As funding for NUJ Scotland’s Stronger Voice for Women in the Media project comes to an end, it’s important to recognise the many achievements of women journalists in Scotland, but there’s still much work to be done – by Fiona Davidson, women’s project worker.
Women are still outnumbered by men in the media – especially in senior editorial roles – but women are making their mark and being heard, more so than ever.
While there are still few women at the top, Mandy Rhodes is the editor of the leading Scottish political Holyrood Magazine, Catriona MacInnes is acting editor of the Dundee Courier, Suzanne Lord is deputy head of news at STV, Jackie Newton is editor of Reporting Scotland, Shelley Jofre is editor of BBC Scotland Investigations and Nicole Kleeman is managing director of leading independent production company Firecrest Films, to name a few.
Women journalists are making their mark in the workplace too with more MoCs (mothers of the chapel) and equality reps ensuring women’s voices are heard. Within the National Union of Journalists we have increased representation of women on the Scottish Executive Council and union/black activist Layla-Roxanne Hill will be the first woman to represent Scotland on the NUJ’s National Executive Council for several years when she takes up her role later this month.
So women in the media in Scotland certainly have a stronger voice, and the launch of Women in Journalism Scotland just over a year ago can take much of the credit for that. In fact it was the launch of WIJ Scotland that inspired NUJ Scotland’s Stronger Voice for Women in the Media project, funded by the STUC via the Government’s Trade Union, Fair Work and Modernisation Fund.
But there’s still a long way to go. At our recent “It’s Just Banter” Quiz Night, Daily Record features writer Anna Burnside suggested women in some newsrooms were so used to the toxic atmosphere that they didn’t even notice it any more. There were two men for every woman in editorial roles and in some areas there were no women at all. But women are now less prepared to put up with bad behaviour and there are many outstanding women in journalism, Carrie Gracie at the BBC and Carole Cadwalladr at the Guardian/Observer are two examples.
Layla-Roxanne Hill spoke of the problem that media and journalism in Scotland, and the rest of the UK, were still very much white spaces in most senses, with three companies dominating 71 per cent of the national newspaper market and dominated at the helm by white men and a research study revealed that British journalism was 94% white.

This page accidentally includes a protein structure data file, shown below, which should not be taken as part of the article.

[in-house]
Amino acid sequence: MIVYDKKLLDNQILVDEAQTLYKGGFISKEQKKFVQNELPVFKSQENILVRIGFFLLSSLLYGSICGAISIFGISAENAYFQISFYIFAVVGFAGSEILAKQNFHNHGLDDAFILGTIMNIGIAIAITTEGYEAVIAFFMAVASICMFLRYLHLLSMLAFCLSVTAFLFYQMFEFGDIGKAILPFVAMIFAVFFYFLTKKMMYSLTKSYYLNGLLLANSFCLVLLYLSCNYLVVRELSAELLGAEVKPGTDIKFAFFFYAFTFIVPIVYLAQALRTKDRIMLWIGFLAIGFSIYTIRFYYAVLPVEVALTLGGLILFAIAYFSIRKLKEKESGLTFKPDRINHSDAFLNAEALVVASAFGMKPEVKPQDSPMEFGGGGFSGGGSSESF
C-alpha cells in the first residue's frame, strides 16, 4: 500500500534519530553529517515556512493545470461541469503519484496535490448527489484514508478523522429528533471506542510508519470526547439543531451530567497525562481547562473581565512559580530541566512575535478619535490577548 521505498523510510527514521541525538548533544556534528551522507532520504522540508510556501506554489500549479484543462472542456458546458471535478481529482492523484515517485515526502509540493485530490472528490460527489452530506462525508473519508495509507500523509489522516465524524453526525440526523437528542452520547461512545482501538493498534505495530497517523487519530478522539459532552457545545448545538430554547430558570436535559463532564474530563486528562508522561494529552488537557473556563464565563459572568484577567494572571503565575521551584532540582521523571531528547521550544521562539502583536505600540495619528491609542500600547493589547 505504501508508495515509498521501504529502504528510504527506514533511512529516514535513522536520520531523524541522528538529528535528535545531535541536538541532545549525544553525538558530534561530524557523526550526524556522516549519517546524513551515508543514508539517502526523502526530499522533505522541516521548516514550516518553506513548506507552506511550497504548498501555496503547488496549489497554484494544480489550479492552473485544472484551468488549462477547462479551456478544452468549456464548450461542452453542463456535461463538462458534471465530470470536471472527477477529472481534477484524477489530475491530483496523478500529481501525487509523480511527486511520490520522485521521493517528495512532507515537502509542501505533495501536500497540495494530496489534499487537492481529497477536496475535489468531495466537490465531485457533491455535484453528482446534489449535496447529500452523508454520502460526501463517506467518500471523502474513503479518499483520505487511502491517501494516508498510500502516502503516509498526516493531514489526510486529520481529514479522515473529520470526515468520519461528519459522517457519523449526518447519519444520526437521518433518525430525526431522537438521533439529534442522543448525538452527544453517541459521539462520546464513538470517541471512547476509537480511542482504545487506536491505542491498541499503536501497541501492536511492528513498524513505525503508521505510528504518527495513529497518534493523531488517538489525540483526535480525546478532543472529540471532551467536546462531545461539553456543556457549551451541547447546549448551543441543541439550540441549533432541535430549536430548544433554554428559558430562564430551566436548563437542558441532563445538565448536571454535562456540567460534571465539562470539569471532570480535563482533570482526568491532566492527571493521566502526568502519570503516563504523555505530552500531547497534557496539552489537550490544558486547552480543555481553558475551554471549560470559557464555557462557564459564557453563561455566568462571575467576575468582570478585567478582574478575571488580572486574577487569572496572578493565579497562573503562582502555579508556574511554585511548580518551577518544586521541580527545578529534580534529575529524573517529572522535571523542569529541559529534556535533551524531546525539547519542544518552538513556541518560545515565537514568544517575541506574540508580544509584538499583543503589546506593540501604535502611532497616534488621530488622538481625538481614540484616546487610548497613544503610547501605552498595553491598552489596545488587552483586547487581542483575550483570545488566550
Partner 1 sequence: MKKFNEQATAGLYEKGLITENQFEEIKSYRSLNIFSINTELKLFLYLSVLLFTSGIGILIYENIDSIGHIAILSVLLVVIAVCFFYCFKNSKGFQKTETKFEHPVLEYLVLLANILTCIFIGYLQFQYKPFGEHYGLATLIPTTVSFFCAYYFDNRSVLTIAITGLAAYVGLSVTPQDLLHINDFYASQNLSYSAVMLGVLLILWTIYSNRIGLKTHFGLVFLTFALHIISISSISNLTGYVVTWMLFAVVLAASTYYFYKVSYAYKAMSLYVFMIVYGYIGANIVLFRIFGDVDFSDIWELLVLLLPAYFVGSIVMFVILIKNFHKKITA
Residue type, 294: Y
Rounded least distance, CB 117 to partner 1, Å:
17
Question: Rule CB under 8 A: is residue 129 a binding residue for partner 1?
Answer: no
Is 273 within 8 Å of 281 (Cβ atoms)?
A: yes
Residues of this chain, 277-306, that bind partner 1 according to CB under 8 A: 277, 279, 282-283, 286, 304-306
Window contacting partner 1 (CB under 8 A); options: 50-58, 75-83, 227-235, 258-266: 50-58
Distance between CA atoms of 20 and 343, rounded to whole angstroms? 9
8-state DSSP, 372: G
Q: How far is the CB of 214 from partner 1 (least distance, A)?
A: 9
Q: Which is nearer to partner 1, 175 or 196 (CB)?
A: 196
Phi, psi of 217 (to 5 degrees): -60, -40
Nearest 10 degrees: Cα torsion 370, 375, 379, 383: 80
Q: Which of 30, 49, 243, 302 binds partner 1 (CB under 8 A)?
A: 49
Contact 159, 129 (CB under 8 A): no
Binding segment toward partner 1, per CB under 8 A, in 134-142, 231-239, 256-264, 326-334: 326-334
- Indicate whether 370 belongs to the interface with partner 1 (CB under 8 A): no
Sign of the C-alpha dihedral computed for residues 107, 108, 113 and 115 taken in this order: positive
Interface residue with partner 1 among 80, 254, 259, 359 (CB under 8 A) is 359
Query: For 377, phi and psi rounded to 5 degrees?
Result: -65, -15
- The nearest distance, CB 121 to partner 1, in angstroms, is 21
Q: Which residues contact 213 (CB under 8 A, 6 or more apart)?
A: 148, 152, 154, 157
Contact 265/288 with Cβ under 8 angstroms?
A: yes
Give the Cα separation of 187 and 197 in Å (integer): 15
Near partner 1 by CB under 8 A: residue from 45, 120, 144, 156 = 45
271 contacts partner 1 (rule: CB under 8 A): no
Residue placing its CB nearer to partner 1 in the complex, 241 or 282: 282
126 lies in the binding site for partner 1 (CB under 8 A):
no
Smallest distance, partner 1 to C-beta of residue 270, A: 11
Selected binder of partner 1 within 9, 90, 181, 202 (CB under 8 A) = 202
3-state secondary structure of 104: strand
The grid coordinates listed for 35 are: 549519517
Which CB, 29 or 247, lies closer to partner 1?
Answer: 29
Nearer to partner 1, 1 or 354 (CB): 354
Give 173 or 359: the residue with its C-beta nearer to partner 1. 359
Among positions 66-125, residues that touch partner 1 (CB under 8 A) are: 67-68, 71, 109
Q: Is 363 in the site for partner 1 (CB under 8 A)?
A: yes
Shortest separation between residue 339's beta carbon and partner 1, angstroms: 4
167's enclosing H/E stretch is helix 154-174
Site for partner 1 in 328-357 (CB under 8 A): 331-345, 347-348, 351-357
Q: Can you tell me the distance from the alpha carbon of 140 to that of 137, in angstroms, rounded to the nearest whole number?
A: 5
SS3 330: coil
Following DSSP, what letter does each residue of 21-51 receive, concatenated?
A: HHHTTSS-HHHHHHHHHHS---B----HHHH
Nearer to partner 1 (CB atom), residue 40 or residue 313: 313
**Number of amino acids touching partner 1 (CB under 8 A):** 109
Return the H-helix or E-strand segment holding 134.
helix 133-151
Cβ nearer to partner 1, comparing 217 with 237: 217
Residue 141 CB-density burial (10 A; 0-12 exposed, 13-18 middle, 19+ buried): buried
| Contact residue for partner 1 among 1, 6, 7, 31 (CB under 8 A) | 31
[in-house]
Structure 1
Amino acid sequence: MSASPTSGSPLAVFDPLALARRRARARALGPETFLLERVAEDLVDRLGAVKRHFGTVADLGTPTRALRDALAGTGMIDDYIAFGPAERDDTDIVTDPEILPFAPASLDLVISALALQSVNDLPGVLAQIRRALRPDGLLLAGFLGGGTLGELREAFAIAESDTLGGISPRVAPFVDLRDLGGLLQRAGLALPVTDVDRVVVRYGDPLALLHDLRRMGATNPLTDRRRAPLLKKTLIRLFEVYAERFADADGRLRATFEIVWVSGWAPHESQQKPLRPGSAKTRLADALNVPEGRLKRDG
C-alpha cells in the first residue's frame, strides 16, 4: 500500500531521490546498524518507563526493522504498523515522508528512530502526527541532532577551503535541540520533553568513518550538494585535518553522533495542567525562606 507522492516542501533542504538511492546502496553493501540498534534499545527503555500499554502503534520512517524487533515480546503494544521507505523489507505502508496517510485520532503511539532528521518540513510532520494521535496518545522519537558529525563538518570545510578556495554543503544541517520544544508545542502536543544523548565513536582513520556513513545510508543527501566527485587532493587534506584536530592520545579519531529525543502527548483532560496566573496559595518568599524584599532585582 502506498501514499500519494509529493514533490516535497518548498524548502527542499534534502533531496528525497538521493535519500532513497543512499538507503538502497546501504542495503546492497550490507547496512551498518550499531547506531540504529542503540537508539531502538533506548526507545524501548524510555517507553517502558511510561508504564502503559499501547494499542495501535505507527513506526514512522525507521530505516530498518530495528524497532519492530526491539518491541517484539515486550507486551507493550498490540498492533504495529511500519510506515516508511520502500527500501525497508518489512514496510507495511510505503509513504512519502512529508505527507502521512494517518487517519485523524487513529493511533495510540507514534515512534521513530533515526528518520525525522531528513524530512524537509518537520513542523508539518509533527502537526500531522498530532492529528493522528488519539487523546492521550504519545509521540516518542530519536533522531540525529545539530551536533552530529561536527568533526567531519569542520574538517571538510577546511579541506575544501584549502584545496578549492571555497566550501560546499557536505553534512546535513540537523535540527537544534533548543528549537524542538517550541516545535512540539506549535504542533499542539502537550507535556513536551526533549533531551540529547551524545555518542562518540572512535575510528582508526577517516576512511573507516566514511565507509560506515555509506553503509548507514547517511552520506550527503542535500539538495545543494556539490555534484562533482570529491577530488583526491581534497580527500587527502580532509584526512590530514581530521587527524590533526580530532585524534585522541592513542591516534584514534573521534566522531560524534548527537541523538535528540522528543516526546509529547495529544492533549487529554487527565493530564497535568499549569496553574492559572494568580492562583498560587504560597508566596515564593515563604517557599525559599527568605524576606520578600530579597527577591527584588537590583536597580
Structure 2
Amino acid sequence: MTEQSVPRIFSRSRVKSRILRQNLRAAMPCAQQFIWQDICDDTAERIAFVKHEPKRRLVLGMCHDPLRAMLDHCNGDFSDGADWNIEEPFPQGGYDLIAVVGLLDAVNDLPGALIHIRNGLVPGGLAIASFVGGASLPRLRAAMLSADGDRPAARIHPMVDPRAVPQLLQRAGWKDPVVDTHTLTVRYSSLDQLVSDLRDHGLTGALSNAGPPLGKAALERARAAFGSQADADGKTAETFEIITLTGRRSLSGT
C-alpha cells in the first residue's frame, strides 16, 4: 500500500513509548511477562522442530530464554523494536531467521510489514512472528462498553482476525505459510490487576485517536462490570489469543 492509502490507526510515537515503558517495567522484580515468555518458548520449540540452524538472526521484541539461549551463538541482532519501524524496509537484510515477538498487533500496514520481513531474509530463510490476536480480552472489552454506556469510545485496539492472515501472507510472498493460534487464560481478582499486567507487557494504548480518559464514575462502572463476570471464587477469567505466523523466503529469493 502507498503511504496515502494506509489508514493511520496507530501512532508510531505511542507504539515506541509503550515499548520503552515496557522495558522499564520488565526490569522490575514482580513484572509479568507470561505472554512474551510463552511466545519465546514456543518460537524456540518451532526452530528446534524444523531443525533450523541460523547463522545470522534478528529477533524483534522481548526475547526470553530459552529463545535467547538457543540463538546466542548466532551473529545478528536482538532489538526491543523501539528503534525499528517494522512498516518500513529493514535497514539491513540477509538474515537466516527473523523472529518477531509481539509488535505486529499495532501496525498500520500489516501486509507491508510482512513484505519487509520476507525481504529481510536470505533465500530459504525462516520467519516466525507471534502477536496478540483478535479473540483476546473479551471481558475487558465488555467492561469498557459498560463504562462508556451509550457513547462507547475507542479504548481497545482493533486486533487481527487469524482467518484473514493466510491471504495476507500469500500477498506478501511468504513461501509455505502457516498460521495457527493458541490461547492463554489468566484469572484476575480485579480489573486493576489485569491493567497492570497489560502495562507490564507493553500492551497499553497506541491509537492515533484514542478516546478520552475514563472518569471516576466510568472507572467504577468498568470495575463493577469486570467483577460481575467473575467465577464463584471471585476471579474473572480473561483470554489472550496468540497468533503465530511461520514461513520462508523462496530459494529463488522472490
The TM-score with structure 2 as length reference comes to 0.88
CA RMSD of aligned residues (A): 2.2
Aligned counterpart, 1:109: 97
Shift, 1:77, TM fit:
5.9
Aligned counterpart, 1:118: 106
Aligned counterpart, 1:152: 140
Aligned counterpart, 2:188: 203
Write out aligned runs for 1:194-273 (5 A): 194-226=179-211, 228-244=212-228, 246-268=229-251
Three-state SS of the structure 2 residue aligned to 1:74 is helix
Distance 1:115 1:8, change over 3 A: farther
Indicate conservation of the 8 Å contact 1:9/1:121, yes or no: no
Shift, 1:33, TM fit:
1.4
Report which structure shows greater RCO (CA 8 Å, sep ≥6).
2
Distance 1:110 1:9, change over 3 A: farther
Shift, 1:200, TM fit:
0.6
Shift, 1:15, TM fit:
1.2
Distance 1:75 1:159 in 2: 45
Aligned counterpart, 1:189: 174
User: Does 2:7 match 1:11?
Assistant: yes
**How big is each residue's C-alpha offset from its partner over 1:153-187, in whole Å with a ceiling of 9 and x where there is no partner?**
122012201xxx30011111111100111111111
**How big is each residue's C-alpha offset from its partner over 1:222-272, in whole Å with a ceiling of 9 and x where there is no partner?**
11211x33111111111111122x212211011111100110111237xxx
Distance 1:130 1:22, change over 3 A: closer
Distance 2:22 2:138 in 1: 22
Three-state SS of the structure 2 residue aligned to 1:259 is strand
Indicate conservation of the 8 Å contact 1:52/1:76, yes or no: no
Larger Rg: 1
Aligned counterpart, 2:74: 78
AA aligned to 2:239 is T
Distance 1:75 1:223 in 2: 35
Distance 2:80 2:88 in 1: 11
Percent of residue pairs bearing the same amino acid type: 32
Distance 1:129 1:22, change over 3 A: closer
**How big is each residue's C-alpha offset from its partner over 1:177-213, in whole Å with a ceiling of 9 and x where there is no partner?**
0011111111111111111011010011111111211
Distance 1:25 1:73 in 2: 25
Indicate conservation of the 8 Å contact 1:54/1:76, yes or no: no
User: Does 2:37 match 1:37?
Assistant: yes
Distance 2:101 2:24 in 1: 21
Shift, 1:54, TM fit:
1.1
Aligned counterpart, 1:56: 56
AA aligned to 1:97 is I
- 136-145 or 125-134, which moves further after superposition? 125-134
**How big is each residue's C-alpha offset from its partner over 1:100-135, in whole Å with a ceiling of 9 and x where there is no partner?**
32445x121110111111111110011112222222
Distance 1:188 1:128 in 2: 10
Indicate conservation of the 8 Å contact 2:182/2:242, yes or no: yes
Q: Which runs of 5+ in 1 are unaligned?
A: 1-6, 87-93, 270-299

“When role models are provided, they often revert to stereotypes. When an expert voice is needed, why is it unlikely to be a person of colour and even less likely to be a woman of colour?”
The Stronger Voice for Women in the Media project may be coming to an end but women in journalism are certainly getting louder and making their voices heard, in the workplace and “out there”. The Stronger Voice for Women on Air run by WIJ Scotland, BBC and STV was a great way of getting more women to come forward as experts on the radio and TV and hopefully eliminate “manels”.
The extent of online abuse suffered by women journalists is to be raised at the forthcoming NUJ delegate meeting, a safe space to allow journalists and members of the public to report sexism in the media and sexual harassment confidentially and anonymously was launched, and we contributed to new media guidelines on reporting domestic abuse and VAW. We sponsored an award category at the Zero Tolerance Write to End Violence Against Women awards, ran women-only workshops on freedom of information, confidence building skills, negotiating and Brand Me, on self-promotion as a freelance.
We spoke at the launch of the Independent Community News Network in Cardiff about the important work to improve media representation of women and marginalised groups in conjunction with leading investigative journalism platform The Ferret. We are partners in an exciting University of Strathclyde research project, Tackling Gender Inequalities in Scottish News with two workshops coming up soon, covering gendered representations in the news and who makes the news, discussing employment patterns and access.
One clear message, confirmed by the #metoo movement, is that just because women aren’t complaining doesn’t mean there’s no problem here. That applies to sexual harassment, sex discrimination, equal pay and all aspects of discrimination, including racism, ableism, sexual orientation, gender identity and ageism. It is good news that women are now speaking up but it’s bad news their voices can still be drowned out or that they are just not being listened to.
We all have a duty to use our voice, speak up against all inequalities, keep fighting and support one another.
Thanks to all the great women, and men, in journalism and in the trade union movement who have helped with this project, far too many to mention but especially Dominic Bascombe, Joan Macdonald, Layla-Roxanne Hill, the STUC for making it possible and the tremendous support of the Glasgow branch of the NUJ.